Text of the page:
It seems that nVidia may have survived ATIs assault on its sales and may be turning the tide in its favor. The latest figures released by the company indicate that it has the lead in the DX 9 field and has presented steady growth during Q4, 2004.
According to Mercury Research, from the third quarter to the fourth quarter of calendar year 2004, nVidia achieved a quarter-to-quarter unit growth increase of over 20 per cent for total GPU unit shipments, which included an increase of 25.9 per cent in mobile GPU sales. According to the report, nVidia holds 67 per cent of the Microsoft DirectX 9.0 performance GPU market share and 53 per cent of the overall DirectX 9.0 GPU market share.
An additional recently released report, by research firm Jon Peddie Research, is consistent with the Mercury Research results, stating that nVidia's desktop GPU shipments increased 21.6 per cent from the third quarter to the fourth quarter of calendar year 2004. The report also noted that nVidia grew its shipments of mobile GPUs more than 25 per cent during the same period and increased its segment share more than three points, to 25.7 per cent.
Although nVidia is, obviously, trying to put an extremely positive spin on the above figures, simple logic says that things are not exactly as described. If your company possesses 53 per cent of the overall DirectX 9.0 market, that clearly means that someone else has 47 per cent. We can safely assume that most of that percentage belongs to ATI, so if nVidia has achieved unit growth increase of over 20 per cent for total GPU unit shipments and still only has 53 per cent of the market that means that things are not as safe as they are portrayed. nVidia, after all, is the company that had complete control of this market only a few years ago.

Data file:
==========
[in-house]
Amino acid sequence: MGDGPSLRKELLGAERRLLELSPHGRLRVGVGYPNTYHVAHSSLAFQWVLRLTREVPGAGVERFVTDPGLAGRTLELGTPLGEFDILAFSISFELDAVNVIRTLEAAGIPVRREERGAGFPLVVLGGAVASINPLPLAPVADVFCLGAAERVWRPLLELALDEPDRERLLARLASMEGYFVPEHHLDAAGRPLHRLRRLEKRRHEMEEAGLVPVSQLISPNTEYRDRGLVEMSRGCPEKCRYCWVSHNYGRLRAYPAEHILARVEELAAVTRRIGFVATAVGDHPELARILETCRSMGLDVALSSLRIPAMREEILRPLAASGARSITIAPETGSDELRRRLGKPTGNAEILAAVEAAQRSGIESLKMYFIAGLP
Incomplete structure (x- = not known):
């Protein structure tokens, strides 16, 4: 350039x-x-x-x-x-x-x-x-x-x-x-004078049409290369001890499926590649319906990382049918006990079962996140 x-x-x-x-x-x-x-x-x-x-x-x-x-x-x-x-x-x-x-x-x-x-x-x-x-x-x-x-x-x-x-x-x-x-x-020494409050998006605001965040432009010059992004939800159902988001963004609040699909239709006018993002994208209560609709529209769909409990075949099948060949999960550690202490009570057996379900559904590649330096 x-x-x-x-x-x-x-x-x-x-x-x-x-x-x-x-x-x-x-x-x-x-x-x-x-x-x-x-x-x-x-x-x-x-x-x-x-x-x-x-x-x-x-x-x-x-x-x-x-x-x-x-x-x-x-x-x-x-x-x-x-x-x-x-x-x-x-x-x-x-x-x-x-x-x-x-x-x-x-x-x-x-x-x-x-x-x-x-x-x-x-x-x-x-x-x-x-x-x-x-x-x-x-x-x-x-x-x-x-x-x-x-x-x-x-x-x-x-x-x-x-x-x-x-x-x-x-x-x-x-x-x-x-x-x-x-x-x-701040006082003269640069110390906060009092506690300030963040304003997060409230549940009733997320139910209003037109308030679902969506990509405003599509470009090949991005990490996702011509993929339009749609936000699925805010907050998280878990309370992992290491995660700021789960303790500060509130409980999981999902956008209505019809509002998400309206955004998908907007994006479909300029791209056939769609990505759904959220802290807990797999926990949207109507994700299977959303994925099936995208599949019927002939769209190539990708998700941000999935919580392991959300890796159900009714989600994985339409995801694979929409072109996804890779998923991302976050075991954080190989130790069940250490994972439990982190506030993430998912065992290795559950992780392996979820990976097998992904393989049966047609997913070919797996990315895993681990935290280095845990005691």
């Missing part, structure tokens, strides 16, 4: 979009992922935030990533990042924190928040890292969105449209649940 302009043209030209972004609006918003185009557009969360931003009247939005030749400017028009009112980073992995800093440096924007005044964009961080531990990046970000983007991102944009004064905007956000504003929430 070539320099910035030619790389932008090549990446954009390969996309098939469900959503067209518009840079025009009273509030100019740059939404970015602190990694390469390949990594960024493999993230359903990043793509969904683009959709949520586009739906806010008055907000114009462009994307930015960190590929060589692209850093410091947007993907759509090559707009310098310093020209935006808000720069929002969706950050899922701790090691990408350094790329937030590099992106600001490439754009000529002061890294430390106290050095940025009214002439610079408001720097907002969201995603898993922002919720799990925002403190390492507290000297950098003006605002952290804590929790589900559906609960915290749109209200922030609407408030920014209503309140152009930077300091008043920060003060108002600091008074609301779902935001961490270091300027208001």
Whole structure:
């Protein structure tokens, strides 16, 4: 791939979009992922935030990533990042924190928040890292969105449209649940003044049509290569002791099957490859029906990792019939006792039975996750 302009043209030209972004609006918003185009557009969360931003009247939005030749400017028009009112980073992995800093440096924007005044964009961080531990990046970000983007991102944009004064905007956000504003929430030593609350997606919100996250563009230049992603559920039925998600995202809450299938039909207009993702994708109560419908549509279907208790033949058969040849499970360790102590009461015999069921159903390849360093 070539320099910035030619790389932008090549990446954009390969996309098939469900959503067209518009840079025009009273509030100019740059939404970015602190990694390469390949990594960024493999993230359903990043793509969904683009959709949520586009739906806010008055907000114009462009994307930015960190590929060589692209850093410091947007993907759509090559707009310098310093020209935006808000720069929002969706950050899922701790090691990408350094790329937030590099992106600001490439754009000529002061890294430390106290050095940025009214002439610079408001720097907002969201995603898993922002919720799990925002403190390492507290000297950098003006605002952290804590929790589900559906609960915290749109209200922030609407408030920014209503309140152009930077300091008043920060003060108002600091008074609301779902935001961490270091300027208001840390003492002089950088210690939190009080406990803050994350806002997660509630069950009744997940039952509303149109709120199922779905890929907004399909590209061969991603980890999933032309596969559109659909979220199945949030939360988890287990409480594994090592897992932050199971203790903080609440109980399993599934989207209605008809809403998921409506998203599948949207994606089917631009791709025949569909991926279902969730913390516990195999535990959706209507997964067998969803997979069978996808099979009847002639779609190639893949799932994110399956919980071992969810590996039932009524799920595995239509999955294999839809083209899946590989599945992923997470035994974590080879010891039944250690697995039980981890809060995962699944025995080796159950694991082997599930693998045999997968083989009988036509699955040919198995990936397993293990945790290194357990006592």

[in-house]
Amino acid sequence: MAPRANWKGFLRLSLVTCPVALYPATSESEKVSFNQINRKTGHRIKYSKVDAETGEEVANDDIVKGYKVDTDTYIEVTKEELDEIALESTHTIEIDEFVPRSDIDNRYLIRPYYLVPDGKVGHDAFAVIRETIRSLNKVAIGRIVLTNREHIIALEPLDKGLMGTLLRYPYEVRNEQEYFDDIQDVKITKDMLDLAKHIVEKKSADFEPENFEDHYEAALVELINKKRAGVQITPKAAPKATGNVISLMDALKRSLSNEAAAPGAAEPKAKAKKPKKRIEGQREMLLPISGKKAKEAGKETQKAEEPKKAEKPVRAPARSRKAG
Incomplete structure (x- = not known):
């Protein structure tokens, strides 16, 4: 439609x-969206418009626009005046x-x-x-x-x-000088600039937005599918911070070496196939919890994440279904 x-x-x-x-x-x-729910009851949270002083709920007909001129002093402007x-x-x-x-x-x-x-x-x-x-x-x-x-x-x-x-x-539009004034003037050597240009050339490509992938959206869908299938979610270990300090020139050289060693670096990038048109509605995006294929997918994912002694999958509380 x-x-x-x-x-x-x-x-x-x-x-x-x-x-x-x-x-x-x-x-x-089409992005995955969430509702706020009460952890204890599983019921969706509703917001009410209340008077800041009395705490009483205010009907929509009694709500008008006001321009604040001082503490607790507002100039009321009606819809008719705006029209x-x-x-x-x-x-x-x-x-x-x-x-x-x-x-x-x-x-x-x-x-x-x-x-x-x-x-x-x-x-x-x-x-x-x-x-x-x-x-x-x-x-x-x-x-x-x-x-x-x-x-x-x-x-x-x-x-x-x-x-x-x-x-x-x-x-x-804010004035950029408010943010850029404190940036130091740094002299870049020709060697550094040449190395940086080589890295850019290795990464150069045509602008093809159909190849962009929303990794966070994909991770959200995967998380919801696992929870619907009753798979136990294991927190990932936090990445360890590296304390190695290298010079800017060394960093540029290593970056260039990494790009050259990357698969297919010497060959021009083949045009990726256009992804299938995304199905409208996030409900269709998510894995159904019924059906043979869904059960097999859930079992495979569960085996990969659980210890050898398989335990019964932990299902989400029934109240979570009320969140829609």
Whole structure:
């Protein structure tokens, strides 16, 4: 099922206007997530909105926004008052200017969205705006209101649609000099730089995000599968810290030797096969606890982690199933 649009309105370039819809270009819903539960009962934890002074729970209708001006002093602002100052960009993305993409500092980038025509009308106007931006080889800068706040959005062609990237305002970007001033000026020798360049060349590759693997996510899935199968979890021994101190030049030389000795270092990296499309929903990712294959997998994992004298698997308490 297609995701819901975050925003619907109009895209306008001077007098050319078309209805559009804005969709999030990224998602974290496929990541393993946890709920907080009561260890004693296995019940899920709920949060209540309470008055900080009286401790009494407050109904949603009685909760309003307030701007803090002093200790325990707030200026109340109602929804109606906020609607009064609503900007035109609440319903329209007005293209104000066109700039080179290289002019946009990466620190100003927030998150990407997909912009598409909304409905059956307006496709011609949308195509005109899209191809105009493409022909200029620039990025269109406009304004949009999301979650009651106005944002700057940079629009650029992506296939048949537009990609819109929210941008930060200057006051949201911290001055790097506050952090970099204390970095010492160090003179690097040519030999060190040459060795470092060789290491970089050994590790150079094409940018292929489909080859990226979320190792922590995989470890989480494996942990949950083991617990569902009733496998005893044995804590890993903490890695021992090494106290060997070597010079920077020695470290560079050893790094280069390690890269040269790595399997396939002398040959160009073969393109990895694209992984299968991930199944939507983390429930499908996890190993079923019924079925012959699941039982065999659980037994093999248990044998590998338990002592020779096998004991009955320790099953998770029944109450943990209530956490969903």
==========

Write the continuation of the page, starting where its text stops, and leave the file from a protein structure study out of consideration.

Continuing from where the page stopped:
The more impressive 67 per cent that nVidia holds of the high-end DX 9 market is really only important for prestige reasons as it accounts for a very slight percentage of overall sales. In any case, nVidia was bound to have the advantage on its rival, this past quarter as its performance boards sported a variety of nVidia only features, including shader model 3.0 and the SLI setup.
The only real ATI loss, according to the Jon Peddie report, is not a gain for nVidia since although ATIs notebook market share fell from 49.9 per cent to 42.9 per cent, most of that was lapped up by Intel and its integrated chipset deals which increased their share of that market from 64.7 per cent to 71.8 per cent.
If these figures tell us anything it is that nVidia managed to interfere with ATIs continuing growth in Q4, 2004 but to most industry analysts the company seems unready for the Canadian R520 attack, expected in May. ATIs new 90 nanometre chip will feature PS 3.0, up to 24 pipelines and full 32 floating point precision, so it is expected to seriously challenge nVidia performance boards.